Eric Ziebold reaches for perfection at the Mandarin Oriental Hotel's gleaming restaurant.

From January 2006 100 Very Best Restaurants

Photograph by Kathryn Norwood.

THE SCENE. The young, Vogue-ish crowd that populated the front-of-the-room banquettes in the early going have given way to more-familiar DC scenemakers: lawyers, art collectors, and media mavens who trek to the Mandarin Oriental for Eric Ziebold's carefully sourced ingredients and witty creations.

WHAT YOU'LL LOVE. Minimalists will thrill to the dining room's modernist vibe–stone pillars, chocolate-leather banquettes, and gourd-shape red-orange lanterns–and the mesmerizing wall of fire behind the bar. Foodies will revel in the glorious tidbits from the kitchen that appear throughout the meal, including Ziebold's miniature Parker House rolls, sheened with butter and tucked into a spring-loaded wooden box. Service is informed and correct but never stuffy.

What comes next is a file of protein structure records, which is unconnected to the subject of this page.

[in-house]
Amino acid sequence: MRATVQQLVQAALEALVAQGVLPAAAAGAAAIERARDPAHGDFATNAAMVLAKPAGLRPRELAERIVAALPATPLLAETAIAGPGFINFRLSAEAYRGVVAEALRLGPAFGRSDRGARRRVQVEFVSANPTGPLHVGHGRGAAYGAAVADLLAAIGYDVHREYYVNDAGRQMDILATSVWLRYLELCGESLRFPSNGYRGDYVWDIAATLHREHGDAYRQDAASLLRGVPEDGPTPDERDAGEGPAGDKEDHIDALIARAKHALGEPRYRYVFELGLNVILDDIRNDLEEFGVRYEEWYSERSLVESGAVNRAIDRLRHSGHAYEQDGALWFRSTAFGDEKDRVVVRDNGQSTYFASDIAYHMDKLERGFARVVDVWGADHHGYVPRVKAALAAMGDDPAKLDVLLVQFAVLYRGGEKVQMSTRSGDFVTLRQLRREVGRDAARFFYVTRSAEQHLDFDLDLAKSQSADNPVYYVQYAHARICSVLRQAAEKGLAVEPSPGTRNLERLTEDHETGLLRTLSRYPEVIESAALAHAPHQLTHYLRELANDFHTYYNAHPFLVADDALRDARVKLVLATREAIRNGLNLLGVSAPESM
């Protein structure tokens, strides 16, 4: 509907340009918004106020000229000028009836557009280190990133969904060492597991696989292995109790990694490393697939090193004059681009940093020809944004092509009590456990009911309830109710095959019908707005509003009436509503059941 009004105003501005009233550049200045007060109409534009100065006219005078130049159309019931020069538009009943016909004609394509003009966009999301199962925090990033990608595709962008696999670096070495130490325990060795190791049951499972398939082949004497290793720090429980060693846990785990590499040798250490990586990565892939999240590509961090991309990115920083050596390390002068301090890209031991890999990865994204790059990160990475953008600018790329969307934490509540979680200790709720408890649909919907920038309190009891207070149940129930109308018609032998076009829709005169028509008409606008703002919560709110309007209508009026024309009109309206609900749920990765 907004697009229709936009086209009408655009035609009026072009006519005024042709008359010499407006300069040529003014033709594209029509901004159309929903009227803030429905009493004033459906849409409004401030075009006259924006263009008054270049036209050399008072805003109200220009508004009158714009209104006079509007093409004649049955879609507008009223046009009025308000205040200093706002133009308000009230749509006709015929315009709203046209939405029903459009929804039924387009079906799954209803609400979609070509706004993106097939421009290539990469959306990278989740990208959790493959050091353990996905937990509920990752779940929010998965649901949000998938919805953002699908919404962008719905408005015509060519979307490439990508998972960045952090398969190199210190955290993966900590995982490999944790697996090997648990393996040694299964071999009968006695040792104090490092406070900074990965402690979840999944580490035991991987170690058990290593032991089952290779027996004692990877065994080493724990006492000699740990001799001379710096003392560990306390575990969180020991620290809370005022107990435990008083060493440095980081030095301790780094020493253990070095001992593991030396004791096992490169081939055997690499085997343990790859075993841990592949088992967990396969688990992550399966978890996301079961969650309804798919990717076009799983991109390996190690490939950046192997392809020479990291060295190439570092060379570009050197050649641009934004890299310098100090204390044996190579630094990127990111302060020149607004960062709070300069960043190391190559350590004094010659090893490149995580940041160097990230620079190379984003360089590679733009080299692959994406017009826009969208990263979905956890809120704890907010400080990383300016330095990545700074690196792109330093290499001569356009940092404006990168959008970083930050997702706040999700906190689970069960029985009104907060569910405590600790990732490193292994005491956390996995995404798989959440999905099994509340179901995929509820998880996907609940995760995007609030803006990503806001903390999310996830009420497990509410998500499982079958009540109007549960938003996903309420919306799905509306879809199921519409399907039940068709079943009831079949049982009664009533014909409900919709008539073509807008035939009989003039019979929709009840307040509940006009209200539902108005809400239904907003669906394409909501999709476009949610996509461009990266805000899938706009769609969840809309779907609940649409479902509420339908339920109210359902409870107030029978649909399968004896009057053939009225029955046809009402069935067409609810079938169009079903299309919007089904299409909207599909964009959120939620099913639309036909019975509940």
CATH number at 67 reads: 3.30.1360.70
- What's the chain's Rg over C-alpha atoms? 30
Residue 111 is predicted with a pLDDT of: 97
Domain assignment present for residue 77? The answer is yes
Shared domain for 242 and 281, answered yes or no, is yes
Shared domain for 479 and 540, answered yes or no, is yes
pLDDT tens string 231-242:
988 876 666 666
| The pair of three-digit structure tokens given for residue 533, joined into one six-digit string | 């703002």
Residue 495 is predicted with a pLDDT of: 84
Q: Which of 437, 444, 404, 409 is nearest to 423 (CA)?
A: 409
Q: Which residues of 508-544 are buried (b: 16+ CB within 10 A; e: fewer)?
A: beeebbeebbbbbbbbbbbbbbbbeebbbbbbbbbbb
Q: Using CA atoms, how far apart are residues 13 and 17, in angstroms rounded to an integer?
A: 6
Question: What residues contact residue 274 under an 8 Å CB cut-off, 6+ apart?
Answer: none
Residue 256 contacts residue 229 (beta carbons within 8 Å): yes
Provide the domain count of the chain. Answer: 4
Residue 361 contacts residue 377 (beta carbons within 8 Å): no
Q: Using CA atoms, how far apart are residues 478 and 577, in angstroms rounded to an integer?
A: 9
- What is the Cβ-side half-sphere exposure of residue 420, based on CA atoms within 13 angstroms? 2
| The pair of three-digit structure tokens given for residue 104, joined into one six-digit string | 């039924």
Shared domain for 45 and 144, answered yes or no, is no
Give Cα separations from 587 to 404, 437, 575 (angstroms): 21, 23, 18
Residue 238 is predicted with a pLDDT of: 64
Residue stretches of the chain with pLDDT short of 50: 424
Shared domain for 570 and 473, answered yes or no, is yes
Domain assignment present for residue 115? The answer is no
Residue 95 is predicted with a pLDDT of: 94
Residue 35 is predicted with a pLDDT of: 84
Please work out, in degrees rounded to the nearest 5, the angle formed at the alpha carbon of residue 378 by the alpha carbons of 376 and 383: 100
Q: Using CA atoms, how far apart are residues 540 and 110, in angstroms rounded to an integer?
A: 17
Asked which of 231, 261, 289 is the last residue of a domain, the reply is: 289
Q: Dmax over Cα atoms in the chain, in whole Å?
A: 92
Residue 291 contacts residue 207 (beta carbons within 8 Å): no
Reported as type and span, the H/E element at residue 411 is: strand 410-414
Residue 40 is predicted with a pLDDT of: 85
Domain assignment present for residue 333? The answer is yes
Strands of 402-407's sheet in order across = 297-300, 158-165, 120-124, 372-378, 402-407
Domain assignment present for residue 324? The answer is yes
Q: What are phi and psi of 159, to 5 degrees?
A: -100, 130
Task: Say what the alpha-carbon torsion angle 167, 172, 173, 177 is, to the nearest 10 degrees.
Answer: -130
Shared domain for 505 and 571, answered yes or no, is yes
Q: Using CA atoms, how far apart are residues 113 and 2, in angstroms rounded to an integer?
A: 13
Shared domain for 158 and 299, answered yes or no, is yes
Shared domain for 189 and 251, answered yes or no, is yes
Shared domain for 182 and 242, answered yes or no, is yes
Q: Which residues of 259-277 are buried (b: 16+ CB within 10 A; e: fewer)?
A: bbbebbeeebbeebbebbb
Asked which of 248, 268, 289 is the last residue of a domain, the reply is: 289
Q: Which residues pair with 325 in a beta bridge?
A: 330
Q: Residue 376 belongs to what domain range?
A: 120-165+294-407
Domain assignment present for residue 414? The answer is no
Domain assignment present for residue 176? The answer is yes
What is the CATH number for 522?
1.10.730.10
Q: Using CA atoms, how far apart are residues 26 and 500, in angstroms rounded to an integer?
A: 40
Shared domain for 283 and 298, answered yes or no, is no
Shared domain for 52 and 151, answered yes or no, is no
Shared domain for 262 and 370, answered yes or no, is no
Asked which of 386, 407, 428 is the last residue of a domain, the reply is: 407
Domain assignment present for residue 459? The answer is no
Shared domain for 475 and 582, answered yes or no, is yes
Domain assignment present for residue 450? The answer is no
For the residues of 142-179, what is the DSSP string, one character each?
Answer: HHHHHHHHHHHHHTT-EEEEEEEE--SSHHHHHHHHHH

WHAT YOU WON'T. Ziebold's menu changes at least once a month, meaning a dish you loved–the exquisite chicken and buttermilk dumplings, say–won't be around next time. The unrelenting experimentation occasionally results in dishes that aren't as tightly calibrated as you'd expect. Some may find the soaring space of stone and wood a bit cold.

BEST DISHES. Lychee Limey Libation, a zingy cocktail of Ketel One, fresh lime juice, and lychee purée; tiny wild-mushroom fritters; savory brûlées of foie gras with olive oil and red pepper; silky lamb's brain made festive with pickled green tomatoes and cranberry beans; sublimely tender pan-roasted rib-eye of veal with caramelized cauliflower; pumpkin tart with mini-turrets of Swiss meringue and caramel ice cream; and biscuit au chocolat, a cross between a soufflé and cake that oozes a flood of chocolate and is all the better for the thyme ice cream and crystals of fleur de sel that come with it.

Ann Limpert
Executive Food Editor/Critic

Ann Limpert joined Washingtonian in late 2003. She was previously an editorial assistant at Entertainment Weekly and a cook in New York restaurant kitchens, and she is a graduate of the Institute of Culinary Education. She lives in Petworth.